She did not spoil her kids.

But she did notice little things that made their stay a bit more comfortable. It was the least she could do.

Of course, no one in the world knew Goldie O’Gilt was soft for children. Of all the preposterous things. She just… wanted to give them the hope and security she didn’t have as a child.

And maybe, as an I’m sorry to the universe, karma, whatever it was called. For all she had done wrong.

It was a valiant attempt, anyway.

“I did have an idea when I was sitting here,” Gosalyn muttered.

Goldie arched a curious eyebrow.

“What if you adopted me, Miss O’Gee?”

“Uh—”

“I mean, I thought about it. And you’re the coolest house leader I’ve ever had! And I could help you run the place and go on adventures with you and—”

It was so sweet and naive. “No,” And with that one simple word, she saw Gosalyn’s hopeful gaze drop.

She grabbed the strings of her hoodies and anxiously pulled. “Why not?” She sounded bitter now, like she had to take disgusting cold medicine or broccoli was on her dinner plate. “You’re the only adult who actually gets me. All the others are dumb, or too strict, or try to change me. You don’t. You’re like a cool aunt slash grandma,”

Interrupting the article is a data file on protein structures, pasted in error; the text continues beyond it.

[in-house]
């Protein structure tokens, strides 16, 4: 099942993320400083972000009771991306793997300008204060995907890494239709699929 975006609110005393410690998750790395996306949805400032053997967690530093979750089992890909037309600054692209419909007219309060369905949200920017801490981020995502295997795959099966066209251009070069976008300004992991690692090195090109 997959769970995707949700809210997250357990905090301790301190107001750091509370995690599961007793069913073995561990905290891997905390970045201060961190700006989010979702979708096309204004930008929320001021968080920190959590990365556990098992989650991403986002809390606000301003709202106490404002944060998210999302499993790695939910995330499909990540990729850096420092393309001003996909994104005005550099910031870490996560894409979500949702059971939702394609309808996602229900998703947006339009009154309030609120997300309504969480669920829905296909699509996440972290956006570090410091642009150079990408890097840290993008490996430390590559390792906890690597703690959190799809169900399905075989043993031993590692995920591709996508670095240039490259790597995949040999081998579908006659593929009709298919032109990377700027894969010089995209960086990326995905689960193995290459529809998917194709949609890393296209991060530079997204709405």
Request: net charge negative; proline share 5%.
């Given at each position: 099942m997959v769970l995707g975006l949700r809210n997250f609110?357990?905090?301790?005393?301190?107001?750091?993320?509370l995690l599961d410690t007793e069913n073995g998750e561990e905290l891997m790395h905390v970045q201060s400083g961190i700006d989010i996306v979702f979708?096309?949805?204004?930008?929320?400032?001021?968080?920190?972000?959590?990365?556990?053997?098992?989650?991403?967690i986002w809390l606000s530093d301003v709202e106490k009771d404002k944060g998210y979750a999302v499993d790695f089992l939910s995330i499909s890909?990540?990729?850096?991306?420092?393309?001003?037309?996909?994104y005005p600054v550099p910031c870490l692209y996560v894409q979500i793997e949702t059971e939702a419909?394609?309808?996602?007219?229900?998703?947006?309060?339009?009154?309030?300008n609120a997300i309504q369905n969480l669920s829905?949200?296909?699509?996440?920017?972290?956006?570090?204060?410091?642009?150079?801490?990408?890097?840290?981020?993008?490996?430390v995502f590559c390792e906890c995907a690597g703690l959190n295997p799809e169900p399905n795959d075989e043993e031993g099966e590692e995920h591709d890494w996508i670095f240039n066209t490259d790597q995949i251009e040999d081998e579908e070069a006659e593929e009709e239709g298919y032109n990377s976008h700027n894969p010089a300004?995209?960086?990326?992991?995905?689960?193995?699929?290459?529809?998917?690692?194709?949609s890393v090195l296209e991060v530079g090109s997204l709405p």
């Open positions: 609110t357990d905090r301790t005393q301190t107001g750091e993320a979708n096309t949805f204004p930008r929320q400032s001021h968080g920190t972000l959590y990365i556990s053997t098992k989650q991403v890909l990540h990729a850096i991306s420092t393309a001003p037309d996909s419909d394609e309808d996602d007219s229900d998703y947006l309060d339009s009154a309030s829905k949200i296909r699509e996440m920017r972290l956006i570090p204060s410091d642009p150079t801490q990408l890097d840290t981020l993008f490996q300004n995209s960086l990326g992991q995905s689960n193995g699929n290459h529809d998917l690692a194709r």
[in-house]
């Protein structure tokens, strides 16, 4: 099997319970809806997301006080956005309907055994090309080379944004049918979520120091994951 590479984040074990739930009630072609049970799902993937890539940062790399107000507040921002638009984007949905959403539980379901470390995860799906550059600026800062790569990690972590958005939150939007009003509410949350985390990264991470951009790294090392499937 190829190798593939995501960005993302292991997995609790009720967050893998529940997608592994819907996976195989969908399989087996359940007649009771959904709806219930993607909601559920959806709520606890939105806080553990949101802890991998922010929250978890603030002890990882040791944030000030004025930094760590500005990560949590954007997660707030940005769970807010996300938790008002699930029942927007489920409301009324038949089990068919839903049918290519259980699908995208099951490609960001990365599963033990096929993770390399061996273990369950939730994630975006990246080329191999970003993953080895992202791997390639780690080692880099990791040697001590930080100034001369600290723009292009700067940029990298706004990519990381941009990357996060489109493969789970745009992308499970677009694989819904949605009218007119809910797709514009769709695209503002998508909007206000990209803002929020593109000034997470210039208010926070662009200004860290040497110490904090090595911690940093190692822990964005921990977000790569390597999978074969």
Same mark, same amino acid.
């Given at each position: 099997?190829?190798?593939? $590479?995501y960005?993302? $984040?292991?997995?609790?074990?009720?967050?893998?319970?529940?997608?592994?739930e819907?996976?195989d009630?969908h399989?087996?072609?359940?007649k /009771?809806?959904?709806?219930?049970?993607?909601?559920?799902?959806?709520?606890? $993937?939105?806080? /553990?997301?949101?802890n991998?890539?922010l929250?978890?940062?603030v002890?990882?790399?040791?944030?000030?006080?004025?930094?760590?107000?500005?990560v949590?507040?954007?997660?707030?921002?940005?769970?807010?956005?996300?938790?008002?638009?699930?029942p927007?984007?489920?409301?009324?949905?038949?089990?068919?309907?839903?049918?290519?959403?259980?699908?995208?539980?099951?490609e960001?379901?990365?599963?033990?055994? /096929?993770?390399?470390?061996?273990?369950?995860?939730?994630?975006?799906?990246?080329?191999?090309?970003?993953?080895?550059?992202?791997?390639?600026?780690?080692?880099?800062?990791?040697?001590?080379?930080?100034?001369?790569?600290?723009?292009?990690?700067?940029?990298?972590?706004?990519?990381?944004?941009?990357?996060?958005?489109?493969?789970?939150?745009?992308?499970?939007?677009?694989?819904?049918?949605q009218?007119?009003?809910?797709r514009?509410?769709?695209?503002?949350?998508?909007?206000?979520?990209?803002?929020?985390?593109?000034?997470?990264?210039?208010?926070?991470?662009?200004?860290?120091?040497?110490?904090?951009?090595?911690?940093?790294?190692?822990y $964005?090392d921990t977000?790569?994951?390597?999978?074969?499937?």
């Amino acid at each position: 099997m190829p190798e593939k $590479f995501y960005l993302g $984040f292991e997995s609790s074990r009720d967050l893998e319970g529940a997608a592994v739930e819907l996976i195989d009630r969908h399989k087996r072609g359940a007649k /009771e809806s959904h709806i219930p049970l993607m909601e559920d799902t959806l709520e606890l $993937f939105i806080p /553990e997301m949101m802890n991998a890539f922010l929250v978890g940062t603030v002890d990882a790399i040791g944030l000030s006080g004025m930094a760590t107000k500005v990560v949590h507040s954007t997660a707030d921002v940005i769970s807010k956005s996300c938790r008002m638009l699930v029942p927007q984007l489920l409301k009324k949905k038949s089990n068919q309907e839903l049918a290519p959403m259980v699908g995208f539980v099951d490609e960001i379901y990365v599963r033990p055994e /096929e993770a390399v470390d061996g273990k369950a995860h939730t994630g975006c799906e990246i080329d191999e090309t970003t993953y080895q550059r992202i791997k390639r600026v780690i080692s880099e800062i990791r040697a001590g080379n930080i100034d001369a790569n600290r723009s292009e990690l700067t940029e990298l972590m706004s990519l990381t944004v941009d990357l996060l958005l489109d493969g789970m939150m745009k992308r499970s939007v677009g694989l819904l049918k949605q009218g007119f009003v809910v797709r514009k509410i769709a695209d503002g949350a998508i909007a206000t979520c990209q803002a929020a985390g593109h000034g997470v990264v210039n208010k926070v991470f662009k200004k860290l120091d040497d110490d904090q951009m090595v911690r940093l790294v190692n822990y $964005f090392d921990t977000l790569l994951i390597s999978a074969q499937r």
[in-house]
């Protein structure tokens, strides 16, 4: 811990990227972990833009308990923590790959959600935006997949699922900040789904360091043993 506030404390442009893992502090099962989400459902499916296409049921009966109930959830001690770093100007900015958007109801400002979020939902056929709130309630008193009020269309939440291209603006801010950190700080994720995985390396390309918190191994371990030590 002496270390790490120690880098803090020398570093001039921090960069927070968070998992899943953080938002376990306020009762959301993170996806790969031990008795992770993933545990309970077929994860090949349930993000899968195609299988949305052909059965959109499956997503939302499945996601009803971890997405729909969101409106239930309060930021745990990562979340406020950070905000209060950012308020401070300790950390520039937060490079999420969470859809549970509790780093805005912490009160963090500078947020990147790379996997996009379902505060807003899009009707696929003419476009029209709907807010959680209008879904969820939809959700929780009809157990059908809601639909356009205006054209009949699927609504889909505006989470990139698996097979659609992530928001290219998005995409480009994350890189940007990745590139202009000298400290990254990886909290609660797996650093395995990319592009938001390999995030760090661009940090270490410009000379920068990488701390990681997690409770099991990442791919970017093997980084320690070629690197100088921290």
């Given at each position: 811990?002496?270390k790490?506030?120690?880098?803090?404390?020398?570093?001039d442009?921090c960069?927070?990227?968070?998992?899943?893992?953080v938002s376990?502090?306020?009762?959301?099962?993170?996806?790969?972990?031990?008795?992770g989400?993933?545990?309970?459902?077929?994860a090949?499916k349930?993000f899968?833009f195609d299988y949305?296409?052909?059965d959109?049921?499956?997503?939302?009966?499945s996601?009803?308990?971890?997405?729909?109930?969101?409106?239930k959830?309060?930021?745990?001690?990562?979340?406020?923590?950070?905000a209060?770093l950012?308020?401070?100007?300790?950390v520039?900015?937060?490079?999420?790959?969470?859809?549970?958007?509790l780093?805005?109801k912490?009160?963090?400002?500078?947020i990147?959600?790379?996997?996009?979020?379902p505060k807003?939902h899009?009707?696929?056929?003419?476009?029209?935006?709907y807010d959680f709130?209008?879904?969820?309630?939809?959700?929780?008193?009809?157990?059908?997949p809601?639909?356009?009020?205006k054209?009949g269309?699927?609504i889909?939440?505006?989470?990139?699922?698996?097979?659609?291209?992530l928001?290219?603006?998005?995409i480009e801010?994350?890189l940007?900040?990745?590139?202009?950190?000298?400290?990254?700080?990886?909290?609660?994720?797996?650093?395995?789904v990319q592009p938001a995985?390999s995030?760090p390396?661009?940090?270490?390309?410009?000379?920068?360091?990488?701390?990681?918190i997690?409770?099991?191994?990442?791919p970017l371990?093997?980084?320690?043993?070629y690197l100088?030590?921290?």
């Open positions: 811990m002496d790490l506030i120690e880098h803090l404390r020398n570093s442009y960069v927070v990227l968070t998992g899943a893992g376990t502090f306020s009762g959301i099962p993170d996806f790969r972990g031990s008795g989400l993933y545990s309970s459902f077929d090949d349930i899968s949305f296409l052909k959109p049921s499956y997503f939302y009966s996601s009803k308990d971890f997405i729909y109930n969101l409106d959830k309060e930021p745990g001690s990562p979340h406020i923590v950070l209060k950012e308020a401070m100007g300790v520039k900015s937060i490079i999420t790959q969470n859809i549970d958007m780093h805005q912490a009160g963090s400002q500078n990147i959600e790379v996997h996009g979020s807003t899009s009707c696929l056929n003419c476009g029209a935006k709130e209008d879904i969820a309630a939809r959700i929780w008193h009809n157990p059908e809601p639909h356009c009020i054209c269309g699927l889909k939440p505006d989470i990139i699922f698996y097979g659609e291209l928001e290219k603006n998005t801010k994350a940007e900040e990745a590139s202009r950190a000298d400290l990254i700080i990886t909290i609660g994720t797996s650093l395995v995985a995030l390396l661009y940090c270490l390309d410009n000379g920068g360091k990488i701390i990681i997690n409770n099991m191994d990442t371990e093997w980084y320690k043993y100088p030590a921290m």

Goldie didn’t want to so bluntly say it would be an awful idea for her to do such a thing.

But it was.

Yes, she liked kids. She liked to think she was good with them too, or at least, halfway decent (maybe she stole from a piggybank or two to pay the bills when adventuring ran scarce).

“I’m not in the business of adopting, kid. I’m here to help you,”

“You’d help me by adopting me,” Gosalyn grumbled, now perhaps a bit angry. She began to pick at the back of her hands, soft duckling-like feathers about to be yanked.

Goldie took her hands to stop her in time.

“No, I wouldn’t,” she said softly. “I care about you, which is why I want to find you the best parents possible,”

Gosalyn pathetically shrugged.